The Comedy of Errors

by: William Shakespeare

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ADRIANA

85His company must do his minions grace,
Whilst I at home starve for a merry look.
Hath homely age th' alluring beauty took
From my poor cheek? Then he hath wasted it.
Are my discourses dull? Barren my wit?
90If voluble and sharp discourse be marred,
Unkindness blunts it more than marble hard.
Do their gay vestments his affections bait?
That’s not my fault; he’s master of my state.
What ruins are in me that can be found
95By him not ruined? Then is he the ground
Of my defeatures. My decayèd fair
A sunny look of his would soon repair.
But, too unruly deer, he breaks the pale
And feeds from home. Poor I am but his stale.

ADRIANA

He feels the need to grace all his other tramps with his presence while I sit at home starving for a smile from him. Has homely old age taken the alluring beauty from my poor cheeks? That’s because he has squandered my beauty. Am I boring? Have I lost my wit? If my conversation is no longer free and clever, that’s because he’s dulled it—I’m like a sharp tool he’s blunted with a hard piece of marble. Is he charmed by their pretty clothes? Well, that’s not my fault—he’s the one in charge of my spending. What faults can you find in me that weren’t first caused by him? One smile from him would repair my decayed beauty. But like an unruly deer, he’s always trespassing past the park borders and straying away from home to feed in new pastures. I am nothing but a poor, used fool.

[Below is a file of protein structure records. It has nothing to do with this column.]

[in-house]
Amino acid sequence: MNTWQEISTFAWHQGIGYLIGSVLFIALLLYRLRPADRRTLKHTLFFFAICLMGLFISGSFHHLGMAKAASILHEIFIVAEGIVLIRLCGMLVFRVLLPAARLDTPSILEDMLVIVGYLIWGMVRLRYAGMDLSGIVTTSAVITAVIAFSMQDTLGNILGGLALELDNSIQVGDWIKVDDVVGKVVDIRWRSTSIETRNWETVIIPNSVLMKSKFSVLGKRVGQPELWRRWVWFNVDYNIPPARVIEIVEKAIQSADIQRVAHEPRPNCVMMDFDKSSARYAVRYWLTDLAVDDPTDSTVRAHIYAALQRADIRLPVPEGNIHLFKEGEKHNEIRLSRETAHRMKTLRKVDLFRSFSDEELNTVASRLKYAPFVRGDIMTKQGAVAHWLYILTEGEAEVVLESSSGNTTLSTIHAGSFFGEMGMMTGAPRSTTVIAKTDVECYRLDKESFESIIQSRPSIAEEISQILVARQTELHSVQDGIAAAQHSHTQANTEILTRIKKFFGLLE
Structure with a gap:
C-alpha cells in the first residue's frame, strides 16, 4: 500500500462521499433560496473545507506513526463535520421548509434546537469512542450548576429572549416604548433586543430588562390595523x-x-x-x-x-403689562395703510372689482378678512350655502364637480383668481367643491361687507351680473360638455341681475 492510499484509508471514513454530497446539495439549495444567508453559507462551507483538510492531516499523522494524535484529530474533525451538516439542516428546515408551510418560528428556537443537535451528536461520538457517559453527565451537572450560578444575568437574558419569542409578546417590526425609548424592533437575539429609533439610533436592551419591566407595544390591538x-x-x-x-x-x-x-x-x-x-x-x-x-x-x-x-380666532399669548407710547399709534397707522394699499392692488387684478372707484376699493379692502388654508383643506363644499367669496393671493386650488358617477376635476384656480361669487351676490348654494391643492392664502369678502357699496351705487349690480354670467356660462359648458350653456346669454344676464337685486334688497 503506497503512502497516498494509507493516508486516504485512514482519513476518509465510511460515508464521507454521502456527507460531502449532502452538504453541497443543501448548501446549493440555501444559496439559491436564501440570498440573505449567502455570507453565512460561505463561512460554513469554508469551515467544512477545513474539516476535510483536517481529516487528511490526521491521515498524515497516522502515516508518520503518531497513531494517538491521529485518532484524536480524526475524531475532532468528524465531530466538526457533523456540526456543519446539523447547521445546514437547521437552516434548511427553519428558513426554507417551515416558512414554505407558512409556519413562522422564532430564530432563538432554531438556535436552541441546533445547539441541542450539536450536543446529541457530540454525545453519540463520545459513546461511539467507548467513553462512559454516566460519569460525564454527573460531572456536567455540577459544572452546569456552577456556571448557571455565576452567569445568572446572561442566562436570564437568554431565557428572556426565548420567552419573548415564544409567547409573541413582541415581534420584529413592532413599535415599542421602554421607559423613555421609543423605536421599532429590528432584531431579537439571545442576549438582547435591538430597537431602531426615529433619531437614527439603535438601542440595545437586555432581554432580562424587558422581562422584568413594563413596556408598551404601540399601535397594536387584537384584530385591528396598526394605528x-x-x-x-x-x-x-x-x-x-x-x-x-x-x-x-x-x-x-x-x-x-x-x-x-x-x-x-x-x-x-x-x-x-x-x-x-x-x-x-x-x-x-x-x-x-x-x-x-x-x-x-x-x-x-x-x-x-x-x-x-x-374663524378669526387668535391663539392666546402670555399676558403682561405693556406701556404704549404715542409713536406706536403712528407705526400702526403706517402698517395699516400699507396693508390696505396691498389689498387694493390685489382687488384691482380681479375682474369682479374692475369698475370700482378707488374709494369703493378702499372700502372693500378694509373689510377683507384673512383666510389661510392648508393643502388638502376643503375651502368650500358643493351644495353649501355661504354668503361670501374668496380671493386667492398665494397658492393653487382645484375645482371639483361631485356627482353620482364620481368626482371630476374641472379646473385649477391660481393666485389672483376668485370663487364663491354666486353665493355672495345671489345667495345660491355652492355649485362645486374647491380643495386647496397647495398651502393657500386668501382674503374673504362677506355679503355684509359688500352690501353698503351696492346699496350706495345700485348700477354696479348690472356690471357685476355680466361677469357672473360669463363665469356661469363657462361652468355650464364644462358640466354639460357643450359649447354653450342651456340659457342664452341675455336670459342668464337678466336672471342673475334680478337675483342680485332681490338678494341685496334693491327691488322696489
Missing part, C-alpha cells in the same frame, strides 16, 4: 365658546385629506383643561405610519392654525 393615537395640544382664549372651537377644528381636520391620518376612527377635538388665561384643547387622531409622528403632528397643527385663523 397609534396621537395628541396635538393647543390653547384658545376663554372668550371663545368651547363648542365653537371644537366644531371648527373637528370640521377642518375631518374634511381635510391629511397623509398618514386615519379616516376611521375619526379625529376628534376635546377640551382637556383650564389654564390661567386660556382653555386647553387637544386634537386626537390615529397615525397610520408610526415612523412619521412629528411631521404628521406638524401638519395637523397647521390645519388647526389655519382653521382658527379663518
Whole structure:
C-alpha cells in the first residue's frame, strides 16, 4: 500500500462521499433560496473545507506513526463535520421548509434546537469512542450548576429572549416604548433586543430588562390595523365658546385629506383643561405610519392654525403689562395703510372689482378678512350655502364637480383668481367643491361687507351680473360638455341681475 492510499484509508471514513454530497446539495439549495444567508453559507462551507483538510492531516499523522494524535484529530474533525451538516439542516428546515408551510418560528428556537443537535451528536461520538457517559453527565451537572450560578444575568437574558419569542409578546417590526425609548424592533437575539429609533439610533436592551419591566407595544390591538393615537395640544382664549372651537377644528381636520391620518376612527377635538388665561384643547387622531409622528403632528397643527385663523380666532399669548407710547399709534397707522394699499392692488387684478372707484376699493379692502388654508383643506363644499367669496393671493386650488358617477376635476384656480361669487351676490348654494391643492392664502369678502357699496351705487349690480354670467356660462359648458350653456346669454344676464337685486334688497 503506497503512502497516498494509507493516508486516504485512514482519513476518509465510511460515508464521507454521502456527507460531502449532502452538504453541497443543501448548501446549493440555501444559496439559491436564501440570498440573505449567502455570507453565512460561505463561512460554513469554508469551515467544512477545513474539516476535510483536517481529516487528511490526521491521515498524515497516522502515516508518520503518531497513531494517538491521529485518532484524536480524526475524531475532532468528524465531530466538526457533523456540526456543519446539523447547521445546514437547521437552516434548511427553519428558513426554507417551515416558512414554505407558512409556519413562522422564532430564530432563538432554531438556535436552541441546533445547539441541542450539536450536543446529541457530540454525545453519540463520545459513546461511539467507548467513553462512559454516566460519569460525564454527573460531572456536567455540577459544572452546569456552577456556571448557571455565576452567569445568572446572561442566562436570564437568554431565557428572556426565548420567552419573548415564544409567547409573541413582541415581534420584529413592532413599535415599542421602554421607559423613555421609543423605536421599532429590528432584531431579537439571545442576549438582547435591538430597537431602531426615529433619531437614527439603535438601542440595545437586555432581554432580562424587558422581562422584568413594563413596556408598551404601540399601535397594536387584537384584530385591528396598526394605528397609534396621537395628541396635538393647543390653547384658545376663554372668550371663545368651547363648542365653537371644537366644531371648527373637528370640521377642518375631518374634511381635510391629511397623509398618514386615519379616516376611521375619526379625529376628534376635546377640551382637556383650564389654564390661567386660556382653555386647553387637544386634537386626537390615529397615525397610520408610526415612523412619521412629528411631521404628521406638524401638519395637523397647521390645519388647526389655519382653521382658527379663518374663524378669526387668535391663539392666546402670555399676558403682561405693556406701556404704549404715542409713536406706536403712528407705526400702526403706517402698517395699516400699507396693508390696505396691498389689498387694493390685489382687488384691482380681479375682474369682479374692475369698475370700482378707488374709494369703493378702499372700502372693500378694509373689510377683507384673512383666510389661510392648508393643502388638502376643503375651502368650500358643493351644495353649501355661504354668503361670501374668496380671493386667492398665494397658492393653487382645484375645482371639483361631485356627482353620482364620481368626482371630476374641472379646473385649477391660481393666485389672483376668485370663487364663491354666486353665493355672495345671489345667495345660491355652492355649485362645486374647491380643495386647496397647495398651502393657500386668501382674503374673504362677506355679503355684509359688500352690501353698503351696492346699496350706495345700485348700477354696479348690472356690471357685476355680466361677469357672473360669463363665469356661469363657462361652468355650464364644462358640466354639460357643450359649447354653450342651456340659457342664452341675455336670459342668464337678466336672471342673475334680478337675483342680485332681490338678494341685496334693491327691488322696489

LUCIANA

100Self-harming jealousy, fie, beat it hence.

LUCIANA

This jealousy is harming only you! Drive it out of you.

ADRIANA

Unfeeling fools can with such wrongs dispense.
I know his eye doth homage otherwhere,
Or else what lets it but he would be here?
Sister, you know he promised me a chain.
105Would that alone o' love he would detain,
So he would keep fair quarter with his bed.
I see the jewel best enamelèd
Will lose his beauty. Yet the gold bides still
That others touch, and often touching will
110Wear gold; yet no man that hath a name
By falsehood and corruption doth it shame.
Since that my beauty cannot please his eye,
I’ll weep what’s left away, and weeping die.

ADRIANA

Only someone who doesn’t feel this pain could tell me to ignore it. I know his eyes are worshiping some other woman, or why wouldn’t he be here? Sister, you know he promised to give me a necklace. I would gladly do without that if he would only stay faithful to me. Even the best jewel can be tarnished. Gold, however, can’t be corrupted—though it can be worn down if it’s touched too often. And no man with a reputation will tarnish that name with lies and bad behavior. Since my beauty no longer pleases my husband, I’ll weep away what’s left and then die with weeping.

LUCIANA

How many fond fools serve mad jealousy!

LUCIANA

How many infatuated people go mad with jealousy!
Exeunt
They exit.